Last weekend, while we were having dinner with friends, Mario got a phone call from one of the Diepsloot leaders.  He told him that Bessie's sister had taken her life, and had also "taken her children with her".  Mario, in the most respectful way possible, thanked him for telling us and asked what should be done next.  The leader had told us that another burial would cripple the family, not just emotionally but financially.  He also said that visits should be made, and people should "sit with Bessie".

The next morning I called Portia and caught her relaxing on a Saturday (very rare!). I told her that Bessie had just lost her sister, and under bad circumstances, and that she possibly had her children witness the event right in front of them.  Portia, like me was shocked and offered to go with me as I sat with Bessie.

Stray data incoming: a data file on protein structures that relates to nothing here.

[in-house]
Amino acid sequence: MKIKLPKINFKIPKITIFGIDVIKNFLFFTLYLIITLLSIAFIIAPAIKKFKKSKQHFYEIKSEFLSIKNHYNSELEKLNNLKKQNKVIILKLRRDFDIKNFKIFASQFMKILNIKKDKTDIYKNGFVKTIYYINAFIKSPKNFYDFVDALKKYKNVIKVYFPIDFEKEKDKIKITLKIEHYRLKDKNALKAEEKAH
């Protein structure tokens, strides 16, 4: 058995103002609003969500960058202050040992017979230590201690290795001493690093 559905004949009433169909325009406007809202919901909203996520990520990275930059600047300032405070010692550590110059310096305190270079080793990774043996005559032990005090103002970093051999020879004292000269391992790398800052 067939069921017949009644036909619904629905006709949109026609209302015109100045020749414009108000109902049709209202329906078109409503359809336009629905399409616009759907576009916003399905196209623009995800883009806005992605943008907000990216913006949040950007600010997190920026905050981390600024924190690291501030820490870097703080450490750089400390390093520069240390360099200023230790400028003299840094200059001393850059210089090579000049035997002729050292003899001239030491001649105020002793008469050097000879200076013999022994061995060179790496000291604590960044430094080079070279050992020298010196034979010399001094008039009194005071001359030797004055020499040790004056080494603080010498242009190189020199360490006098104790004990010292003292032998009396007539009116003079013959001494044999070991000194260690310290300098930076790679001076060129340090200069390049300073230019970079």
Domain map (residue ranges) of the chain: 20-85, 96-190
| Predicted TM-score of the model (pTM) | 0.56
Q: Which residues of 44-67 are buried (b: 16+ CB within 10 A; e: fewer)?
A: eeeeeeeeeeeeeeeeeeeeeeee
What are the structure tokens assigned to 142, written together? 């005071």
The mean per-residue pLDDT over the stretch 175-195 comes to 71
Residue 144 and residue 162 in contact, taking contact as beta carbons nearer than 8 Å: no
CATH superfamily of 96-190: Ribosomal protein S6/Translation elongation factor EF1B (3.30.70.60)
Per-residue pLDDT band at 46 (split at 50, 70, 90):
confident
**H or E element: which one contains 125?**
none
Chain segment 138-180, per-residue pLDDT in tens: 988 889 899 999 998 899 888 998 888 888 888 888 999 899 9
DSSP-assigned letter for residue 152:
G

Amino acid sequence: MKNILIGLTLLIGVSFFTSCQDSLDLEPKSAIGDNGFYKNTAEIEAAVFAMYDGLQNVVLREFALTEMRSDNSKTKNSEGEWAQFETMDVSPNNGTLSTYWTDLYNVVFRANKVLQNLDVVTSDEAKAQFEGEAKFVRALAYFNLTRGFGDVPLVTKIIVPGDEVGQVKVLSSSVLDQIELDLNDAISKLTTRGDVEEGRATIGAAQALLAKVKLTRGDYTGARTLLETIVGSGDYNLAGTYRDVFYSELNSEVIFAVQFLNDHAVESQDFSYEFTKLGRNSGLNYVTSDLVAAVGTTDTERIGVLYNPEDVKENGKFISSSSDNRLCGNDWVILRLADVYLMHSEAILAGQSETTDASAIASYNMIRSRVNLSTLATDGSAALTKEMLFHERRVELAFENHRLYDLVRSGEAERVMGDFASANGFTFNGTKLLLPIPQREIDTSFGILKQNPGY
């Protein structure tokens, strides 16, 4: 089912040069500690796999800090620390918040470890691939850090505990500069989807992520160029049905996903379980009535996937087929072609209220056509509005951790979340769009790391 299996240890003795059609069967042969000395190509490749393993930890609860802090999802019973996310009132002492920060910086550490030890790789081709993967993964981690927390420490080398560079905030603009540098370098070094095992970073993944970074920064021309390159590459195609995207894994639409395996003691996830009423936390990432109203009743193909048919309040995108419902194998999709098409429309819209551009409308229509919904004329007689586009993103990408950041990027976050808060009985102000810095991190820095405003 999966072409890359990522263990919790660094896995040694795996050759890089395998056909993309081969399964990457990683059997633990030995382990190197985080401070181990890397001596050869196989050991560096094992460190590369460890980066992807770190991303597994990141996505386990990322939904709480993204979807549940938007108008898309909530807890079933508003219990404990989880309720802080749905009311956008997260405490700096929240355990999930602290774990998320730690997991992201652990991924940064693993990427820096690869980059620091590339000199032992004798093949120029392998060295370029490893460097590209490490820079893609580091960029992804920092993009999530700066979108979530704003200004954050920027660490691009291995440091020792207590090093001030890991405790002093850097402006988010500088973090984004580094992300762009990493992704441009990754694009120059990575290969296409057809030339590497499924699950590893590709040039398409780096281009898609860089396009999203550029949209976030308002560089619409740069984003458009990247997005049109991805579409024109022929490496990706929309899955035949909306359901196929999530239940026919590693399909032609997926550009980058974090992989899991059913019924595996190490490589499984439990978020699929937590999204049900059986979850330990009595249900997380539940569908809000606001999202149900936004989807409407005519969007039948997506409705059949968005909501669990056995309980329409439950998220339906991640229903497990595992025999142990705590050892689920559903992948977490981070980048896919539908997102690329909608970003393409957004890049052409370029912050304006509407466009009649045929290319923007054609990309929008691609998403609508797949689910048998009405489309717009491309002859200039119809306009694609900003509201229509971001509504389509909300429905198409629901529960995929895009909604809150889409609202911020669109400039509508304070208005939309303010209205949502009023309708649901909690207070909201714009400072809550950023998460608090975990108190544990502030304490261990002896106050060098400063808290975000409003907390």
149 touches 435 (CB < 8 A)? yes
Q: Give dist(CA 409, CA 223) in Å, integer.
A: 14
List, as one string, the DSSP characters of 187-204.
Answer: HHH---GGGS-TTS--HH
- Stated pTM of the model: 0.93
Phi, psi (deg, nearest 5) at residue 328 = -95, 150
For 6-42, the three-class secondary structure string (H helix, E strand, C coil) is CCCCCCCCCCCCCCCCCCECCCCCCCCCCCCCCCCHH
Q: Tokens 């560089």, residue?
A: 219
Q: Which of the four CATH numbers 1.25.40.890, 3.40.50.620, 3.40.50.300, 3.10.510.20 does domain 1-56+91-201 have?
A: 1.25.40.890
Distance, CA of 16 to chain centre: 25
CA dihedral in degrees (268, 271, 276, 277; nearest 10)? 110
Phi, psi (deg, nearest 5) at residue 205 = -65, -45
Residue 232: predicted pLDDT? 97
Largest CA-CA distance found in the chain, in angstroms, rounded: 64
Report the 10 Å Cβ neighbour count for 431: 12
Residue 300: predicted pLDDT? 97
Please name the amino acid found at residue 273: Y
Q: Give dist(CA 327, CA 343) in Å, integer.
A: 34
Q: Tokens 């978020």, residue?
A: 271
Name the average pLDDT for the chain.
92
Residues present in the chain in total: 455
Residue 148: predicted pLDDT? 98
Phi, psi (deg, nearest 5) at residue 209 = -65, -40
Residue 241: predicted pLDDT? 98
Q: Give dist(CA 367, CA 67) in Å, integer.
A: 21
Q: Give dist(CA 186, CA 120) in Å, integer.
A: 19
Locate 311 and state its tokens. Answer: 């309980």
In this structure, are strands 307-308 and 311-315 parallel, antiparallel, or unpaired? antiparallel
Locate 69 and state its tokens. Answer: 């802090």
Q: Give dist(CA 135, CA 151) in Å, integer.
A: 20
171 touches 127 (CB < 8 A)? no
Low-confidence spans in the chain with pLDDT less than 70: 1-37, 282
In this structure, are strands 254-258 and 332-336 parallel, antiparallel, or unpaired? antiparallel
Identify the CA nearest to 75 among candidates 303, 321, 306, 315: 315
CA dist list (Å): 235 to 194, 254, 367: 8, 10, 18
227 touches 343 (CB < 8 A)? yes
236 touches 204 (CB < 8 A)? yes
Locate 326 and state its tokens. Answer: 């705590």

Armed with groceries and cold drinks, we walked up the street where Bessie lives, past card-playing, beer-drinking groups congregating in the facades of the shacks that lined the street.  Beer makes normal people bold, and the remarks about a white lady carrying groceries "like she stays here" were ignored by me and Portia, who set our faces towards Bessie's house.  As we approached, we could see her through her garden gate (Bessie lives in a beautiful brick house with a front garden that stands out as much as she does in this neighborhood).  She was doing her washing and talking to another visitor, who was there to grieve with her.  Her face was smeared with mud (a grieving sign) and when she looked up to see us, she pursed her lips together and opened the gate.  Her tears left noticeable tracks in the muddy face wash.